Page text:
A serious zero-day exploit of a vulnerability in Microsoft Windows Graphics Rendering Engine allows remote code execution.
The exploit uses specially crafted Windows Metafiles (WMF) to execute malicious code, usually a trojan downloader, to download and install malicious software onto the users computer. At present, these WMF's are being hosted on a number of malicious websites.
This vulnerability affects ALL versions of Windows
Users may be infected purely by visiting a malicious website hosting an exploit WMF. Upon visiting such a site, a WMF file is loaded that executes shellcode which utilizes the recently reported windows WMF vulnerability to download and execute another file (a trojan downloader). The trojan downloader then starts downloding and installing various malware to the user's machine. The WMF is commonly detected by most AV's:
Note: At the time of posting, AVG still does not detect this exploitCode:Jotti's online virus scanner: File: xpl.wmf Status: INFECTED/MALWARE (Note: this file has been scanned before. Therefore, this file's scan results will not be stored in the database) MD5 ee656ce9601850f559dfb371f624508e Packers detected: - Scanner results AntiVir Found Exploit/IMG.WMF exploit ArcaVir Found Trojan.Downloader.Agent.Acd Avast Found Win32:Exdown AVG Antivirus Found nothing BitDefender Found Exploit.Win32.WMF-PFV.C ClamAV Found Exploit.WMF.A Dr.Web Found Exploit.MS05-053 F-Prot Antivirus Found security risk or a "backdoor" program Fortinet Found W32/WMF-exploit Kaspersky Anti-Virus Found Trojan-Downloader.Win32.Agent.acd NOD32 Found Win32/TrojanDownloader.Wmfex Norman Virus Control Found nothing UNA Found nothing VBA32 Found Trojan-Downloader.Win32.Agent.acd
The following malwares are currently reported as being distributed:
Many of these install hoax AV programs such as AVGold, SpySheriff and WinHound that utilize desktop hijacking and inform you that your computer is infected and invite you to pay $30 for the full version of these hoax applications to clean your machine. Your AV should be detecting these - if it's not, get one that does!
There are currently 58 known variants of this exploit, with many distributing malware described above. However, recently there are reports of rootkits also being used to hide malware installations, and it's only a matter of time before someone starts using this exploit to distribute something far more malicious.
The Partial Solution
Update: There is now an unofficial patch that has been released. It may be downloaded from our good friends at SANS:
At present, there is no patch for this vulnerability from Microsoft.
Part of the reason that makes this vulnerability so critical is the fact users can be automatically infected without doing anything. The exploit takes advantage of Windows Picture and Fax Viewer (shimgvw.dll) that automatically displays WMF's. Affected software includes, but is not limited to, Internet Explorer, Windows Explorer, MS Paint, Lotus Notes, Google Desktop.
A partial solution is to unregister the Windows Picture and Fax Viewer library, shimgvw.dll. Note, however, that this will disable Windows Picture and Fax Viewer and applications that use it to provide previews or thumbnail views.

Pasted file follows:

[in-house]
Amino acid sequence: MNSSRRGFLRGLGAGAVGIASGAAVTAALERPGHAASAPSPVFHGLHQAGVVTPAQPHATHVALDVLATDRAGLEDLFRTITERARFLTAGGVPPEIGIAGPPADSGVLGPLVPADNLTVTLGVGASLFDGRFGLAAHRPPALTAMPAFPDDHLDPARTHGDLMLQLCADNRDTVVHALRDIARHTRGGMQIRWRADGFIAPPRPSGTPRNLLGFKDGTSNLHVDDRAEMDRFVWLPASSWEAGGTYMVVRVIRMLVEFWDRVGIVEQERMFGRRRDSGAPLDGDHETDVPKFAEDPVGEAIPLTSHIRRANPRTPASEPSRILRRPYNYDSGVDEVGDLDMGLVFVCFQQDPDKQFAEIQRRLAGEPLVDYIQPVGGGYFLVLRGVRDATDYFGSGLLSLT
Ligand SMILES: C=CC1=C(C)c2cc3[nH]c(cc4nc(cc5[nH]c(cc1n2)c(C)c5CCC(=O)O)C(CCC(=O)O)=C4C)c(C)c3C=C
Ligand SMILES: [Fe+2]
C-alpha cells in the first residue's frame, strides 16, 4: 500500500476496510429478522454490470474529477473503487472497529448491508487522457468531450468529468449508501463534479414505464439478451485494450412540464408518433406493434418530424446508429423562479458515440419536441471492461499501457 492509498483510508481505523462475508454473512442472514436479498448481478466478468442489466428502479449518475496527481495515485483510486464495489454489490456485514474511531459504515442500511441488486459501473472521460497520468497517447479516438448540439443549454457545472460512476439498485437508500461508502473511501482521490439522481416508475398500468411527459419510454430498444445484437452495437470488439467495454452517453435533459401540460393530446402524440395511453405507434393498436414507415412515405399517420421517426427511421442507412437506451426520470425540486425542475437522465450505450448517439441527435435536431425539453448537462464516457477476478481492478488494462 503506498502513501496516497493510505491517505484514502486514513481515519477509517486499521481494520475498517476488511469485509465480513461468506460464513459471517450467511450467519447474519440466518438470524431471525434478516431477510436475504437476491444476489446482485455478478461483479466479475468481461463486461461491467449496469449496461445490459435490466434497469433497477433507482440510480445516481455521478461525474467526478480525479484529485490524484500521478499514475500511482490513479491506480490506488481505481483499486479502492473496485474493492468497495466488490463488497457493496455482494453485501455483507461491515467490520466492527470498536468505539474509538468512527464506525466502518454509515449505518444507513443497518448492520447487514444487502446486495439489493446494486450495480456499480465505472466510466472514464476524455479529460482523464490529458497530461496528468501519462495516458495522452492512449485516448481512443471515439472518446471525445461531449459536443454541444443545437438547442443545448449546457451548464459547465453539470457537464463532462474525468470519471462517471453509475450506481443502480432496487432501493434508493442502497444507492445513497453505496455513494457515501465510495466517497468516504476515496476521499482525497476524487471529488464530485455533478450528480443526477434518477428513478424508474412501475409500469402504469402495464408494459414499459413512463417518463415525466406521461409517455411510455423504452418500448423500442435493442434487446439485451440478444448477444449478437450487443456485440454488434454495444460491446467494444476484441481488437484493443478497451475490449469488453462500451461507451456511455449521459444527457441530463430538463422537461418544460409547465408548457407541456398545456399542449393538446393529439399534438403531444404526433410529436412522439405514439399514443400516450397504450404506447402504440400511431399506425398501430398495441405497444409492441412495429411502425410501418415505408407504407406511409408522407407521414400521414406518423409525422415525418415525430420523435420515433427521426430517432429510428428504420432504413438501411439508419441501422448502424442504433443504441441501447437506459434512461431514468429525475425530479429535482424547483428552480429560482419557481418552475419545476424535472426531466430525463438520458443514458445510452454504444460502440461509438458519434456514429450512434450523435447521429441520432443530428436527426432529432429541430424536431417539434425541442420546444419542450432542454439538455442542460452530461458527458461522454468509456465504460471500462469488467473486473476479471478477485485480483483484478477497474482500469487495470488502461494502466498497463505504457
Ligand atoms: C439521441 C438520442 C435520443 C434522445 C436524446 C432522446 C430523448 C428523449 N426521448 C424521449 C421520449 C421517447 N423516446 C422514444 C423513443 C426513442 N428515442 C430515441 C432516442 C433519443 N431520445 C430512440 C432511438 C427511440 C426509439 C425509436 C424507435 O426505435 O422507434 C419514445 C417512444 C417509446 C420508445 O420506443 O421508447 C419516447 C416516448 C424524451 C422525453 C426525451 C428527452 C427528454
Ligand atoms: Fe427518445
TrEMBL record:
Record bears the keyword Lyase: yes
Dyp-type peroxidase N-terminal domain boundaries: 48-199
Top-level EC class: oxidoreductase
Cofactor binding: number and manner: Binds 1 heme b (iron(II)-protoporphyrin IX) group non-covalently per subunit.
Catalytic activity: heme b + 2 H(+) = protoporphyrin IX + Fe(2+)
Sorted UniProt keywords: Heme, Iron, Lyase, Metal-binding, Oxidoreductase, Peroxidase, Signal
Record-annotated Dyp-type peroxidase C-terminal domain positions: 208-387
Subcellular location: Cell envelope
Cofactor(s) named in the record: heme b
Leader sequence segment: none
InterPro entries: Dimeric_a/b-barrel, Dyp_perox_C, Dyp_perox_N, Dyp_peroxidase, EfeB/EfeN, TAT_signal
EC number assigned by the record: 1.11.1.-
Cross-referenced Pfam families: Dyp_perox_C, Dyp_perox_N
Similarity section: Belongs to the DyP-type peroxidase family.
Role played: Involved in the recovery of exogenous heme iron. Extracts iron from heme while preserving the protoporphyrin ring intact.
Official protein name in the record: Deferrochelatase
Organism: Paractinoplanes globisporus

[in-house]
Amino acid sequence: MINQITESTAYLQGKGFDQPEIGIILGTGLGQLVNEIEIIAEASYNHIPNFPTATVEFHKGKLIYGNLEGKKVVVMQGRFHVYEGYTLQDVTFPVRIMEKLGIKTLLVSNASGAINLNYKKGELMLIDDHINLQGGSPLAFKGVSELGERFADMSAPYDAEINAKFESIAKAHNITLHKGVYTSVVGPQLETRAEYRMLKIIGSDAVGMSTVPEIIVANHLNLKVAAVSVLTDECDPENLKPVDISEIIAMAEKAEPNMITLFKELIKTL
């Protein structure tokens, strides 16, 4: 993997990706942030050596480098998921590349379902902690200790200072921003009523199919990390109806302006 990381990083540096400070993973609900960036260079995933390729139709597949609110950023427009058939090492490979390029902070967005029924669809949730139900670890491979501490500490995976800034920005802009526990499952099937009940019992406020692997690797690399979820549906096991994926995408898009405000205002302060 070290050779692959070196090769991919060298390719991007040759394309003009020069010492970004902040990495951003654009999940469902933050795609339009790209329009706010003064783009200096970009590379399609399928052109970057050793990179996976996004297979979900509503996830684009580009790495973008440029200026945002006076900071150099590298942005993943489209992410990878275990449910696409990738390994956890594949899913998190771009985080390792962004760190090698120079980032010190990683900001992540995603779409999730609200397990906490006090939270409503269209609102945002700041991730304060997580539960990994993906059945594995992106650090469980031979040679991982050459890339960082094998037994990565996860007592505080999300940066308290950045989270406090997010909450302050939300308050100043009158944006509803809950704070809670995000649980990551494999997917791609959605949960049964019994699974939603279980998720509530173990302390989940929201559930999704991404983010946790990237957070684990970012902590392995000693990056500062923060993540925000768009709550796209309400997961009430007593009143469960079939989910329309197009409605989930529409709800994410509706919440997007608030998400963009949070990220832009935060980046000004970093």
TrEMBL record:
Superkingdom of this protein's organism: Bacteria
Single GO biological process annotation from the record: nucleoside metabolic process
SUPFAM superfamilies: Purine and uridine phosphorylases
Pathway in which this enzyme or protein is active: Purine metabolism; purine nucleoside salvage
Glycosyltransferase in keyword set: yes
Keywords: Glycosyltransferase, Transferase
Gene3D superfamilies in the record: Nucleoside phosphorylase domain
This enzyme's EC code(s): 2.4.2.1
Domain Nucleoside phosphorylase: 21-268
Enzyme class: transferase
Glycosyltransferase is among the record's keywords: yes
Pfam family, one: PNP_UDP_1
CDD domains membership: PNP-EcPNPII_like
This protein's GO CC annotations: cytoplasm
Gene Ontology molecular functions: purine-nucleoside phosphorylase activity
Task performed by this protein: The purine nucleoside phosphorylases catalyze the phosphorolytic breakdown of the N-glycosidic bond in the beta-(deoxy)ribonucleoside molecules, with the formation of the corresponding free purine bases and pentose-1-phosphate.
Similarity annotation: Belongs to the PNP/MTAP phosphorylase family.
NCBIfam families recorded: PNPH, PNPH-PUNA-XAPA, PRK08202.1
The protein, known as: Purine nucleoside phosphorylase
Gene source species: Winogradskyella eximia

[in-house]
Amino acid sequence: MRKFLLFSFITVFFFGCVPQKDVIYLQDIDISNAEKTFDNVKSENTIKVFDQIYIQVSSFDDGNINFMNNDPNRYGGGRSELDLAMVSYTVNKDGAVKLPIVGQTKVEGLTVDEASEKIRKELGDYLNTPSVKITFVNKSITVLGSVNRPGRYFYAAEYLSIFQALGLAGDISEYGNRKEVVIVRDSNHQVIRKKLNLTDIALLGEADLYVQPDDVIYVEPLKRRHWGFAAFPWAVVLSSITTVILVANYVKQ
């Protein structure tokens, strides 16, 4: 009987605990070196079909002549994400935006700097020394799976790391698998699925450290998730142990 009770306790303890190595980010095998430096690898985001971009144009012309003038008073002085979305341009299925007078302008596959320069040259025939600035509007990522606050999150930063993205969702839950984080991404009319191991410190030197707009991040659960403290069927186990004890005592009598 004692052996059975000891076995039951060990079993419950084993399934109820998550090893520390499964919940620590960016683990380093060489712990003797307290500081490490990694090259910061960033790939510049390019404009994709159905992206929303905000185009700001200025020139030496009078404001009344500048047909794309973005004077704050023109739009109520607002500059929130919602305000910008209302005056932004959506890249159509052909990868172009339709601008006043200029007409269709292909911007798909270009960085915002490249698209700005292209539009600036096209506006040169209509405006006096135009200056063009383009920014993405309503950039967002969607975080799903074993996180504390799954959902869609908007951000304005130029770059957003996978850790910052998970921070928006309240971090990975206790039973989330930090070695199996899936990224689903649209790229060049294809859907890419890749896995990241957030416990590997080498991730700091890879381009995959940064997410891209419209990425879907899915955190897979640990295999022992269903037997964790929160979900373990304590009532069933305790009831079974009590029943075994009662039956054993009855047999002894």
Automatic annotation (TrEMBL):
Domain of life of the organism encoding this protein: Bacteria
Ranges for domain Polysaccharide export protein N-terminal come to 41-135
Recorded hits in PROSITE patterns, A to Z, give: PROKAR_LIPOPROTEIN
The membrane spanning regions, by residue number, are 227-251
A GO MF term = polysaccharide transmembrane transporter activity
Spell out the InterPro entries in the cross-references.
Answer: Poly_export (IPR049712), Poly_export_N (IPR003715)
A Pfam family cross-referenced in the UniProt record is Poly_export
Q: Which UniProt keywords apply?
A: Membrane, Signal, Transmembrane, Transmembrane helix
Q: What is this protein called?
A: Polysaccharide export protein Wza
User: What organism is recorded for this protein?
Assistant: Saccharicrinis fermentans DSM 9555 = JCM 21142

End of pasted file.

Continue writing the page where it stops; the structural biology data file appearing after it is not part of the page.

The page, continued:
Windows Picture and Fax Viewer may be unregistered (disabled) by doing:
and may be re-registered by doing:Code:Start > Run > regsvr32 -u %windir%\system32\shimgvw.dll
In addition to unregistering shimgvw.dll, users are advised to temporarily rename that dll (eg, shimgvw.unreg.dl_) to prevent applications that invoke it directly from re-registering it. When a patch is released from Microsoft, users should restore and re-register the dll before installing the patch.Code:Start > Run > regsvr32 %windir%\system32\shimgvw.dll
Users are advised that Windows identifies WMF's by code in the file header, so ALL image file formats have the potential to be exploited as simply renaming an exploited .wmf to .jpg, .bmp, .png etc would still result in exploitation of the vulnerability. Further, users should note that simply entering a directory containing a copy of an infected WMF in Explorer or even from the command line is enough to trigger the exploit. In much the same way, services that use indexing, such as Google Desktop, may trigger an infected WMF stored on the local hard disk.
Users may further protect themselves until a patch is released by taking the following steps:
- Don't use Internet Explorer, use the latest version of Firefox which is unaffected
- Don't download or open any image files from untrusted sources
- Update your AV. If you don't have one, download and install the free 30-day trial of either Kaspersky or NOD32
- Make sure Windows Firewall is turned on - if you do get infected it should block outgoing connection attempts made by the trojan downloader
- Don't click ignore if your AV or firewall pops up warnings - read them carefully and understand your response. "My firewall popped up a warning, but I clicked allow because I always do" will get you nailed every time
- Don't surf dodgy websites that may be hosting the exploit
- Don't use Google Desktop - uninstall it right now!
If anyone gets infected, post in the Spyware, Trojans and Viruses Forum and we can help you clean your machine.